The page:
Father James Goode, 'dean of Black Catholic preachers,' dies at 81

Franciscan Father James E. Goode delivers the homily during a Black History Month Mass at St. Agnes Cathedral in Rockville Centre, N.Y., Feb. 8, 2014. (CNS photo/Gregory A. Shemitz)

Franciscan Father James E. Goode delivers the homily during a Black History Month Mass at St. Agnes Cathedral in Rockville Centre, N.Y., Feb. 8, 2014. (CNS photo/Gregory A. Shemitz)

by Catholic News Service

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NEW YORK —Franciscan Father James E. Goode, whose evangelizing work among Black Catholics became known throughout the United States and earned him the title "dean of Black Catholic preachers," died in his sleep March 4 in New York. He was 81.

According to the Franciscan Province of the Immaculate Conception in Manhattan, Father Goode, who was a member of the province, had been seriously ill for some time. He most recently resided at Mary Manning Walsh Home in Manhattan.

When Father Goode preached at his first Black Catholic revival in 1974 in the Archdiocese of Chicago, it began a ministry that led to him preaching at more than 300 revivals and convocations throughout his lifetime.

At one point, Father Goode joined the Rev. Jesse Jackson as they preached during Black American Voices in Rome, an event sponsored by the Vatican and the city of Rome.

His evangelistic style was so respected and well known that he was featured in an episode of "60 Minutes."

In 1989, Father Goode founded the National Day of Prayer for the African-American Family, which is celebrated on the first Sunday of Black History Month, which is observed in February.

Beyond his work within parish life, Father Goode was director for many years of Solid Ground Ministry at St. Clare Friary in Manhattan, a Franciscan ministry among Black families in New York. His role found him reaching out to homeless, poor and sick people, assisting people living with HIV and restoring hope to victims of violence, neglect and abuse through counseling.

The U.S. House of Representatives honored Father Goode in 2001 with a resolution that acknowledged his preaching ministry as well has work for social justice and peace and support for Black families.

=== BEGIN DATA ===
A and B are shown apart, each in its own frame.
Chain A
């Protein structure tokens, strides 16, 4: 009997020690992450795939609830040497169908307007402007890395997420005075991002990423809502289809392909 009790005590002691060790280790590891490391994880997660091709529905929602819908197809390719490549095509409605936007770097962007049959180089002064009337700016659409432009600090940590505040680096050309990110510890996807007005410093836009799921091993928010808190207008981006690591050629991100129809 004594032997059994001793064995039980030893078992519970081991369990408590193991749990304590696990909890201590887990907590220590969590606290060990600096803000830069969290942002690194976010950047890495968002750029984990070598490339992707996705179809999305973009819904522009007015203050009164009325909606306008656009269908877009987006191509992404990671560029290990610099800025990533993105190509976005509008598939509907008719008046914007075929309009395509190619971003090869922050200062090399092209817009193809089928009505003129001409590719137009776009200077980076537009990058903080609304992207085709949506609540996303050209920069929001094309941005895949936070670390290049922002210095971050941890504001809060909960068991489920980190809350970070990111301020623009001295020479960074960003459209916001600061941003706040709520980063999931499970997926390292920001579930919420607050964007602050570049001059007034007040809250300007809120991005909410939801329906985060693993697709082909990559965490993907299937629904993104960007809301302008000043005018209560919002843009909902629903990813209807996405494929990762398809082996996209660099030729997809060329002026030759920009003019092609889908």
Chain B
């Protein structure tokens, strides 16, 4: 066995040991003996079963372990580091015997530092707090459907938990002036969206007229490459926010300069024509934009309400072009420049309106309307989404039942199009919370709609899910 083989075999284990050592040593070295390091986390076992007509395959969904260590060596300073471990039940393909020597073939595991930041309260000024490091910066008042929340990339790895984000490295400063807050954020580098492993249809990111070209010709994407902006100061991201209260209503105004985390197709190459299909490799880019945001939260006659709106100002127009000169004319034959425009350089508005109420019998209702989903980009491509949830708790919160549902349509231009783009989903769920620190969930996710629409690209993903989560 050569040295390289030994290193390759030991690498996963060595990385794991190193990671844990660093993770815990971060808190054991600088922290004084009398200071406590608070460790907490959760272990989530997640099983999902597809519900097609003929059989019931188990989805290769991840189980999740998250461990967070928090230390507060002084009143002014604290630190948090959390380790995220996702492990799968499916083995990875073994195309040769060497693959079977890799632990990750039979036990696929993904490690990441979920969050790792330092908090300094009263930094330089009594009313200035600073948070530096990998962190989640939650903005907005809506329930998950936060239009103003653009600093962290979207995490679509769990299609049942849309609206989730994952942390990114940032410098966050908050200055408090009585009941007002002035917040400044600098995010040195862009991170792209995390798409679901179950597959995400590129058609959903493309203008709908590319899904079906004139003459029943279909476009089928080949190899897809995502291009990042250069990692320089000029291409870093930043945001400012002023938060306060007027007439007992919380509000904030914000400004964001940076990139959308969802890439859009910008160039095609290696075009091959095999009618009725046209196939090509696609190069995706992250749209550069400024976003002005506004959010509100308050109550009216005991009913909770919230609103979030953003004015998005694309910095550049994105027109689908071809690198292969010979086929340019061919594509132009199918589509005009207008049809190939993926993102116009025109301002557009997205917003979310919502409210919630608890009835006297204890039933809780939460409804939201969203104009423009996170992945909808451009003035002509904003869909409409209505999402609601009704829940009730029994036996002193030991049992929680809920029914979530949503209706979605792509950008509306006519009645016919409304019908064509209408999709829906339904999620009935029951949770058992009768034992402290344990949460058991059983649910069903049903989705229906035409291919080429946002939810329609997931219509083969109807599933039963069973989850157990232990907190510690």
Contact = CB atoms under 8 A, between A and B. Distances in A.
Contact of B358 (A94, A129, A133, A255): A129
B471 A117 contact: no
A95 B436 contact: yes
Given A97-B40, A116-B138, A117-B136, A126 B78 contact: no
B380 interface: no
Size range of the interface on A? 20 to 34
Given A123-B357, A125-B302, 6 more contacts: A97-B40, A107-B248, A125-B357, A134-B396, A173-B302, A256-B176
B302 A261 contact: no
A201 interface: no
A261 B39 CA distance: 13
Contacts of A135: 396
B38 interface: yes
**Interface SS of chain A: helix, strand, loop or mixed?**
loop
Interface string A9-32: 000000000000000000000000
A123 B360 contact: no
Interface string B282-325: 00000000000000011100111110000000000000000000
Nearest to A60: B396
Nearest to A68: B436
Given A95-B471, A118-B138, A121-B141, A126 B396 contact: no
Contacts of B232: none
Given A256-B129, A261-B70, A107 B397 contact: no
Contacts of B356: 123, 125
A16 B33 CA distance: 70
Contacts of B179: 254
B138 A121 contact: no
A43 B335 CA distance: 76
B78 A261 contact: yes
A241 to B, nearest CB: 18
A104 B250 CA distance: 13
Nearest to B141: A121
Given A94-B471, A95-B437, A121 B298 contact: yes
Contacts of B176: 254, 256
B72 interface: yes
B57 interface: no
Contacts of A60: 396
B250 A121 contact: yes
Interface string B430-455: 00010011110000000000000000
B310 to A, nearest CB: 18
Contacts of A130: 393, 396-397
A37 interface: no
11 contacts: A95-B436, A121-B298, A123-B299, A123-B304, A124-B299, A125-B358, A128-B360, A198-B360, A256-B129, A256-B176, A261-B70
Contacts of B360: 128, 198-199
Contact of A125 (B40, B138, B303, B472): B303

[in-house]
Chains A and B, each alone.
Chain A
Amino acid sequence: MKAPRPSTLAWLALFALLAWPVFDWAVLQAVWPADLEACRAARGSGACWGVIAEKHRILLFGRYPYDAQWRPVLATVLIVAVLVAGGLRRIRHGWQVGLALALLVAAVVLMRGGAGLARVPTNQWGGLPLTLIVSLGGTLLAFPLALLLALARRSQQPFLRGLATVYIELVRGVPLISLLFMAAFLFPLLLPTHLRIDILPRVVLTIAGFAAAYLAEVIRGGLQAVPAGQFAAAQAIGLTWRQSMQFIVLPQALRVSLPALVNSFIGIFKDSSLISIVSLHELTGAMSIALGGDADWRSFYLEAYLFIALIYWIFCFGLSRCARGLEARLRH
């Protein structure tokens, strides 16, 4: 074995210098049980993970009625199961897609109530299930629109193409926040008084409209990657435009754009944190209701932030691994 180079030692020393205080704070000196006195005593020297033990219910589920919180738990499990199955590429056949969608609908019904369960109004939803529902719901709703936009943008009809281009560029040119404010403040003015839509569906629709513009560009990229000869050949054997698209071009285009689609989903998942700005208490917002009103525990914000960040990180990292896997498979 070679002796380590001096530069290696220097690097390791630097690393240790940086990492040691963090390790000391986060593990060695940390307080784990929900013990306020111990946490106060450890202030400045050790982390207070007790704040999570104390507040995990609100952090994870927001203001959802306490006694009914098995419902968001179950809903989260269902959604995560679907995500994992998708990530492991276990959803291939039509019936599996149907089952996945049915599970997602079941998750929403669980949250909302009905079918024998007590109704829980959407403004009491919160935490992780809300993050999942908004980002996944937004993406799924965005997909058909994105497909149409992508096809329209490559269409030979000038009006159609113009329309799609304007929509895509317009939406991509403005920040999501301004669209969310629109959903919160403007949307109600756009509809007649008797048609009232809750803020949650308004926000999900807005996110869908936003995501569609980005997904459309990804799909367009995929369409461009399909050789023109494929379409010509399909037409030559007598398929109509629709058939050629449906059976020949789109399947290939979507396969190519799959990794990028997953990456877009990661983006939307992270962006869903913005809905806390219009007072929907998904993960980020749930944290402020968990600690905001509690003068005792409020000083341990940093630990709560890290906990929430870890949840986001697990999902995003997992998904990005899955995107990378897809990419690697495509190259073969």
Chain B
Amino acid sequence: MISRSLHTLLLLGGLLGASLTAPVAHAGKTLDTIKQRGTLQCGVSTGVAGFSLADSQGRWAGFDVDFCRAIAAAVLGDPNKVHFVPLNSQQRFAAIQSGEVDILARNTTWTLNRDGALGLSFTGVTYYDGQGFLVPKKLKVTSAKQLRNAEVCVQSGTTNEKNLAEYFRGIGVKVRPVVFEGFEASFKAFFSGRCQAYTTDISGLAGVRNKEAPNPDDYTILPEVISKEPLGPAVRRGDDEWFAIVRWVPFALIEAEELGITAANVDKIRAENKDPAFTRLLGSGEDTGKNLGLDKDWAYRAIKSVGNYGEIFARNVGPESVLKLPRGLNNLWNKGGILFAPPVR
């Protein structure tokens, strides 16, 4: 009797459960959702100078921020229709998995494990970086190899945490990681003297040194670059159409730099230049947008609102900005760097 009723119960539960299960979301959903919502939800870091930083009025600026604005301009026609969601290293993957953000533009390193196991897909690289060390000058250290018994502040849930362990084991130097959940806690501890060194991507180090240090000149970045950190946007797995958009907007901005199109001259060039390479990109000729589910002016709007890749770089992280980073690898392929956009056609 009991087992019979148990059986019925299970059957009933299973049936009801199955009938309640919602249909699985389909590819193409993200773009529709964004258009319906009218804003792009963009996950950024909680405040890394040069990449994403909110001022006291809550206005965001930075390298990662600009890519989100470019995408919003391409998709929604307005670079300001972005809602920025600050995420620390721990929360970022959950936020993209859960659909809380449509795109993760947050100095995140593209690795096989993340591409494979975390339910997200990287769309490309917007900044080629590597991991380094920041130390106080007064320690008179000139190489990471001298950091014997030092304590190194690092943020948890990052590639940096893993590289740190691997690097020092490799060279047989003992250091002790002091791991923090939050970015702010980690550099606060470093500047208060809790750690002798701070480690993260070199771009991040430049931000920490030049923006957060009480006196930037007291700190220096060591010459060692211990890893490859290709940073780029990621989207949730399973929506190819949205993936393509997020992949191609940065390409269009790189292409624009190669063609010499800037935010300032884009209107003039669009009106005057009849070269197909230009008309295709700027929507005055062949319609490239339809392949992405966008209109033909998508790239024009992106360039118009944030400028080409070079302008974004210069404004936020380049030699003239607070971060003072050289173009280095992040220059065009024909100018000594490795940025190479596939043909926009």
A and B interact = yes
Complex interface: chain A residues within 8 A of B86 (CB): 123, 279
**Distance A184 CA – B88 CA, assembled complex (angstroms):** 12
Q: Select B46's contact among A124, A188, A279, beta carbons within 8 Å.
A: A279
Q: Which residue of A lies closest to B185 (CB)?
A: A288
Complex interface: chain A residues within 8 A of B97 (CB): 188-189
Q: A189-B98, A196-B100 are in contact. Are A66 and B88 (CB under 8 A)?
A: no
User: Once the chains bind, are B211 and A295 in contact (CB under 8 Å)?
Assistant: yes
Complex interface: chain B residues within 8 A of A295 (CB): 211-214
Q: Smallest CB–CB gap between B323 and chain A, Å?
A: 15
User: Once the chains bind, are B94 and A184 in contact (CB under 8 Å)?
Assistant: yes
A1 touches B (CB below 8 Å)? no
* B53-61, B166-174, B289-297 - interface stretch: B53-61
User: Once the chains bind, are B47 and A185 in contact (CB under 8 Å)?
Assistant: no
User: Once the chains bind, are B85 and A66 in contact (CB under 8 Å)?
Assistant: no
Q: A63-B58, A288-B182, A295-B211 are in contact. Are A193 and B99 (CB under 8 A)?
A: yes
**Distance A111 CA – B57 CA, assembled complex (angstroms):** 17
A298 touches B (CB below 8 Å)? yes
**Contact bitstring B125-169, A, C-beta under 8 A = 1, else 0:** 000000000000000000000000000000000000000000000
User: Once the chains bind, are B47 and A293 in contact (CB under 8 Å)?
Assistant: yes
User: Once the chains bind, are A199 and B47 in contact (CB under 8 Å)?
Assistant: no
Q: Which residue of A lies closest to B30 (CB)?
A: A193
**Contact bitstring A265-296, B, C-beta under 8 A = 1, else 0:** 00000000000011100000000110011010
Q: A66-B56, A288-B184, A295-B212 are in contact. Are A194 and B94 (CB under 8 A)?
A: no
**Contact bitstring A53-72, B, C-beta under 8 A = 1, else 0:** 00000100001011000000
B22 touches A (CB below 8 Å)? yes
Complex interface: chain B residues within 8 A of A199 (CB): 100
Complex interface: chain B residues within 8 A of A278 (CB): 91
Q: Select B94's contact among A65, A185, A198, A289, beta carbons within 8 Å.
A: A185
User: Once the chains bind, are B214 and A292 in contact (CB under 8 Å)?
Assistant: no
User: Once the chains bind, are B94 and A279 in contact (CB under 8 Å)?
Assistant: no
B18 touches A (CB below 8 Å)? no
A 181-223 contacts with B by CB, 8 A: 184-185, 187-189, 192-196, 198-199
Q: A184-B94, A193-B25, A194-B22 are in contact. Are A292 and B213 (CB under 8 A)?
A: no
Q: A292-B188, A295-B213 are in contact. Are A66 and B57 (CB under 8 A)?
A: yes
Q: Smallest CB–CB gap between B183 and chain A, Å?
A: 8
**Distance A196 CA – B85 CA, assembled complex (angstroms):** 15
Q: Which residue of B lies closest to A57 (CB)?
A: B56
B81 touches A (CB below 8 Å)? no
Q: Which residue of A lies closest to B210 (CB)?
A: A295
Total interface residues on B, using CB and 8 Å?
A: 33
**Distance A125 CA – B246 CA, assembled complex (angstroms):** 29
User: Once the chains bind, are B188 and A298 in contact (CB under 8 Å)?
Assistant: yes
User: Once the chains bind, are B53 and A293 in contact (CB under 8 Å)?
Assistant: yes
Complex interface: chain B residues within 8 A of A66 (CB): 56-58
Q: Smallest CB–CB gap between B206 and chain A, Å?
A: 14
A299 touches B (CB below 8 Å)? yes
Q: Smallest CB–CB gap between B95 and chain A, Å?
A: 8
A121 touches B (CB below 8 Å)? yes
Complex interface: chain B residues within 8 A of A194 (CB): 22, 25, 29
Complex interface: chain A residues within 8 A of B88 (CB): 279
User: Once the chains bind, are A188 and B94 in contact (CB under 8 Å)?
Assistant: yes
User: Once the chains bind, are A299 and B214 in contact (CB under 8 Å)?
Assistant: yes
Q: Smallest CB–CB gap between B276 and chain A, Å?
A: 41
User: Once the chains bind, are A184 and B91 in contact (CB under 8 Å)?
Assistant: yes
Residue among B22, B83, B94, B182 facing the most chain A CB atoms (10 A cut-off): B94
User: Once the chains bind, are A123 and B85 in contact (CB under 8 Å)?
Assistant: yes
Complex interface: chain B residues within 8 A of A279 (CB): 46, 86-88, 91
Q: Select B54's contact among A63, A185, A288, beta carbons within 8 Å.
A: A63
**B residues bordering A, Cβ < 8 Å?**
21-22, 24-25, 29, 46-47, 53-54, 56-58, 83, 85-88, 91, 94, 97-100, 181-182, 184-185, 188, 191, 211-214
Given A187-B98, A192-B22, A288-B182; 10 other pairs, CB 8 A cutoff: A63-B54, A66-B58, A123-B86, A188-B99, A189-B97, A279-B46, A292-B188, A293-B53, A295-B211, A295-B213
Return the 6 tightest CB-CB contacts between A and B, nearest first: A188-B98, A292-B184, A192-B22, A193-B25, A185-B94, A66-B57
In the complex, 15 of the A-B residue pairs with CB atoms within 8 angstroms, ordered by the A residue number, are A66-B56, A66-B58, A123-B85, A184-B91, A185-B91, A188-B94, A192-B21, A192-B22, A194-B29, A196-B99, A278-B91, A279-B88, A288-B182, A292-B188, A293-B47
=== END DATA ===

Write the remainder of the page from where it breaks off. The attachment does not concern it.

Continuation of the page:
Born Nov. 18, 1940, in Roanoke, Virginia, Father Goode was adopted by Robert and Lula Young at 3 months of age. He attended Roanoke Catholic High School and then enlisted in the U.S. Air Force.

Afterward, he attended Holy Apostles Seminary in Connecticut and later was admitted into the formation program of the Franciscan Province of the Immaculate Conception in Troy, New York. He studied theology at St. Anthony-on-the-Hudson Seminary in Rensselaer, New York. He professed solemn vows as a Franciscan in 1973.

Father Goode was ordained May 13, 1972, at St. Anthony of Padua Church in Manhattan, becoming the first Black Catholic priest from Roanoke. His first assignment was as a faculty member at Serra High School in McKeesport, Pennsylvania. Later he served as pastor of St. Paul of the Shipwreck Parish in San Francisco.

He was the founding pastor of the Faith Community of Black Catholics at Our Lady of Charity Parish in the Diocese of Brooklyn, New York. Under his leadership he helped build the declining parish into a vibrant Black Catholic faith community that became a model for Black Catholic worship, education, community outreach and ecumenism.

Father Goode was the first chairman of the Office of Black Ministry in the Diocese of Brooklyn. He also served as president of the National Black Catholic Clergy Caucus. He also founded and was president of the National Black Catholic Apostolate for Life.

Beyond his work within the Catholic Church, Father Goode was involved as a community leader. He served as an elected member of the New York City Community School Board in District 16 for two terms.

While in San Francisco, Father Goode served as president of the San Francisco Housing Authority Commission. He also led the first San Francisco Mayor's Task Force on Drug Addiction and was appointed to the city's Commission for Children, Youth and Families and Delinquency Prevention Commission, as well as the San Francisco AIDS Council.

In addition to a bachelor's degree in philosophy and master's degrees in divinity and theology, he held a master's degree in psychology from the College of St. Rose in Albany, New York, and a doctorate in psychology from Union Graduate School in Schenectady, New York.

A funeral Mass was scheduled to be celebrated March 12 at St. Anthony of Padua Church in New York. Burial will be in Roanoke.

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